5 Things That Have Helped Me to Become a Better Parent

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If you are a parent in the United States, chances are you have taken classes to help make you a better parent. We read books and listen to advice from our own parents and people we trust. We scour Facebook and Twitter for blogs and articles that will help us have a clue about how to navigate parenthood without completely wrecking our kids.

I have been a stay-at-home dad for almost 11 years now and there are some things that I have learned along the way that aren’t often mentioned in discussions of “How to be a great parent.” Here are 5 things that have not only helped saved my sanity as a parent, but have made me a better one.

  1. Memberships: Every parent has a day when they feel the need to get out of the house. I have that feeling almost every day. And often times, parents do not want to just sit at the playground again; they’d like to be entertained themselves. This is where memberships come in. Not only can a membership to a museum or zoo be educational and provide discounts and invitations to special functions/exhibits, but they can be a great way to entertain the kids and provide you the different surrounding that you need. Museum memberships are a huge sanity saver for me. With our various museum and zoo memberships, I can escape the house and stop contemplating ways to keep my kids from saying, “I’m bored.” Or for that matter, break my own boredom. I justify buying as many memberships as I do by not buying a lot of toys. I would rather have the opportunity to visit museums whenever I want than having a bunch of junk lying around the house. And memberships aren’t only for those lucky enough to live somewhere like NYC. Consider a membership to the YMCA or participation in your local library programs.
  2. Promote independence: Yes, I realize that independence is something that almost all parenting coaches preach to parents, and parents in turn preach it to their children, but do more than preach it. Push it. Forcing kids to become independent can be tough to do for many of us, because we want to hover over them and protect them from every potential harm that might come their way. But we can’t protect them forever and we need to give them the tools to deal with what life throws their way. Promoting independence isn’t only good for children’s long term lives; it is also helpful for parenting happiness. Letting my kids go to the store or playground by themselves or even walk down the street to a friend’s house was difficult for me at first, but now it is like second nature to them and me. They can now run to the store to help me out as I make dinner, run to a neighbor’s house to relay a message, or give me some peace and quiet for a few minutes. All of that would have been hard to do if my wife and I hadn’t let our kids go out without us.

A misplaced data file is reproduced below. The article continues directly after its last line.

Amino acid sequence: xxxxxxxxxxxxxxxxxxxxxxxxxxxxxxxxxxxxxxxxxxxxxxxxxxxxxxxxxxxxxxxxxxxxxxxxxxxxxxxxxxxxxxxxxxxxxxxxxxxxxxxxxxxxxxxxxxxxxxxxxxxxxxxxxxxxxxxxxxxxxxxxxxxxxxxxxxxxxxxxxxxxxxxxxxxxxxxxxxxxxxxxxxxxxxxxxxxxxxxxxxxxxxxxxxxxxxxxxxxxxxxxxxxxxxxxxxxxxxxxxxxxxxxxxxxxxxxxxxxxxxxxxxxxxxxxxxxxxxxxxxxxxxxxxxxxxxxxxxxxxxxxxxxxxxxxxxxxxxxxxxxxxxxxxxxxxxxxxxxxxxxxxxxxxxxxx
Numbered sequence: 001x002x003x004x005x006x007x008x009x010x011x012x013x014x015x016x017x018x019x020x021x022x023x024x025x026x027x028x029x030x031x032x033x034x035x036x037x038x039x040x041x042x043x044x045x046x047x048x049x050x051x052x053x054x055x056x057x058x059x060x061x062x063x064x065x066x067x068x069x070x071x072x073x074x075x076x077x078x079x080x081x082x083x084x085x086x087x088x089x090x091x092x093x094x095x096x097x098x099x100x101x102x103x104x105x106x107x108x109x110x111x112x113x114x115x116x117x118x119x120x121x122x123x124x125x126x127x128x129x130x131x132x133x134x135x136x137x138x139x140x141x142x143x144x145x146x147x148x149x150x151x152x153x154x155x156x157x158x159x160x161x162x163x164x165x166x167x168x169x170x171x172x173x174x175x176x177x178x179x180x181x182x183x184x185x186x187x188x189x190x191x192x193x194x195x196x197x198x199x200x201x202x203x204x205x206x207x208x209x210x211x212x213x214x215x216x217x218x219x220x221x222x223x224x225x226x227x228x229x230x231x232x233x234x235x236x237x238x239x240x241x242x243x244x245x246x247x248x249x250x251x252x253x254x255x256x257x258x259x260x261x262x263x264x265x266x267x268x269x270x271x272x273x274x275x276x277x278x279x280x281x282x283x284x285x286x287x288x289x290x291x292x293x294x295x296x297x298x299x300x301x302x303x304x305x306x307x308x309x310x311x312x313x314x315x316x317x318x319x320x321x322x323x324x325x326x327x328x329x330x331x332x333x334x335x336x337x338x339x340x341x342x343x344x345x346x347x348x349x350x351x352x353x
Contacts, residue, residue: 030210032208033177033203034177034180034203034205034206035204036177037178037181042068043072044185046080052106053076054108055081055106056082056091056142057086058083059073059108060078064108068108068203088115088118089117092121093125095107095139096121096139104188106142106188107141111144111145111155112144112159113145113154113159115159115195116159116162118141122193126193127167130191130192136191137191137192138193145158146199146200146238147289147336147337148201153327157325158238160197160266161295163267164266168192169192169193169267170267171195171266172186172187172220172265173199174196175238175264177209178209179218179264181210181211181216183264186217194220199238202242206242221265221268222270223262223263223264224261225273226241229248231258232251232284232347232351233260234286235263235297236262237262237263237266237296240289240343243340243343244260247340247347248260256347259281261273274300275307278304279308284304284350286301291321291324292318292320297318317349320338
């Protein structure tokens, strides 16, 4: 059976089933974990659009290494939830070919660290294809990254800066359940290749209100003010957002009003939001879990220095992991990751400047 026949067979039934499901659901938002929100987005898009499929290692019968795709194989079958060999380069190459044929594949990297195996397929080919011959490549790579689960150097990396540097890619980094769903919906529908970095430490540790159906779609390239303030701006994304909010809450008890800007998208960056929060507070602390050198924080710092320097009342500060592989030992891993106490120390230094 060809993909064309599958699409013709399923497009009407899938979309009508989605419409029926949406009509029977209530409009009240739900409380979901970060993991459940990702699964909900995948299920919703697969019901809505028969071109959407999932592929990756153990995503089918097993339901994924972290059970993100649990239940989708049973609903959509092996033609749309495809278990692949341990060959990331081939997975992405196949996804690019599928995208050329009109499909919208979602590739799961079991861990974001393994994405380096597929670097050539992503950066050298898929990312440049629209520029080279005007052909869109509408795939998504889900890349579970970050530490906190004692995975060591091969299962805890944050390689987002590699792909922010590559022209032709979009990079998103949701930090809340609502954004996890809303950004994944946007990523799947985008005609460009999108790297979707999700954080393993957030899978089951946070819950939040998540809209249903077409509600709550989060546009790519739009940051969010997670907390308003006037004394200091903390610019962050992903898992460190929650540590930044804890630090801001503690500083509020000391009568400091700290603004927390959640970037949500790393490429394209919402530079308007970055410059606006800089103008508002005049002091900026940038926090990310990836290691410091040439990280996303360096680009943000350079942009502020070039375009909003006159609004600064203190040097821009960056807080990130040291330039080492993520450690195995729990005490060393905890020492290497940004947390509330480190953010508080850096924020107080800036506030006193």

3. Join a parenting meet-up or group: I am incredibly thankful for the NYC Dad’s Group. It has provided me with friendship, activities, and a place where I can talk with someone that understands everything that I am going through and will go through. The group is huge and always has something going on. The equivalent of meet-up groups exists in cities and towns across the United States. Get plugged into a community and your life will be richer and happier for it.
  4. Sports, Sports, Sports: I would go crazy without sports. And so would my kids. Playing sports is the best way for my kids to get out their energy. Sports provide them with ways to be more physically fit and also learn to work with others. It also provides me with a chance to sit and watch them play. When I’m not coaching, I can sit back and relax and know that our evening will be easier because they’ve released their pent-up energy.
  5. Silly Moments: Something happened to me along my parenting walk, and I’m not sure why. I became serious. Maybe it is because I have so much to do. Maybe I just got old. I don’t know. But it doesn’t matter why, what matters is how I get out of the serious funk. My children love it when I am silly. All kids love it when their parents are silly. And when I am silling, I feel better afterwards. Whether I’m doing a crazy dance with them, or pretending to be a zombie trying to eat their brains (Yes, we are an odd bunch), my kids are in love with life in those moments. And usually, they listen better for the rest of the day. And this is true whether your child is 2 or 22. Injecting levity into the day and not taking yourself too seriously are key ingredients for diffusing tension and promoting joy.

So, in a nutshell: Get the kids active and stay active too. Find friends that are in the same boat and don’t forget to lighten up. We’ll all get through this parenting thing!


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